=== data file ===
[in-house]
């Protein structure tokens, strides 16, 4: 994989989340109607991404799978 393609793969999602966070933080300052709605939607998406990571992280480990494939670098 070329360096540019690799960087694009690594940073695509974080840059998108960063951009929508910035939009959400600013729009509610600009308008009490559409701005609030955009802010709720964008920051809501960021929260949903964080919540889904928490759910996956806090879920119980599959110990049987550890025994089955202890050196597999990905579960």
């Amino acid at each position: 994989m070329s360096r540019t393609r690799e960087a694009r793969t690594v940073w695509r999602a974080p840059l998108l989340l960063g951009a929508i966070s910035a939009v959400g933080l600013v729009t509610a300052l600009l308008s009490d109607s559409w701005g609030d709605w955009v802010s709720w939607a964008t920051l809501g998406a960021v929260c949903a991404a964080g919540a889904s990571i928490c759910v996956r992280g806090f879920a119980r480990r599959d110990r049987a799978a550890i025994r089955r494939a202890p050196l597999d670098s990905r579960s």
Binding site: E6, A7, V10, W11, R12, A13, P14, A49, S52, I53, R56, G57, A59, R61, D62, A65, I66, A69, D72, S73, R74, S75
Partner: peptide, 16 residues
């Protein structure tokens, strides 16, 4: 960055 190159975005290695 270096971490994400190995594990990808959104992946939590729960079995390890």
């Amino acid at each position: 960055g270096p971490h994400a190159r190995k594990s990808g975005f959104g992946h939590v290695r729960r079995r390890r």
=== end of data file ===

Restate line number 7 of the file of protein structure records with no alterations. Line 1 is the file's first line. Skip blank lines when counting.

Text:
């Amino acid at each position: 960055g270096p971490h994400a190159r190995k594990s990808g975005f959104g992946h939590v290695r729960r079995r390890r």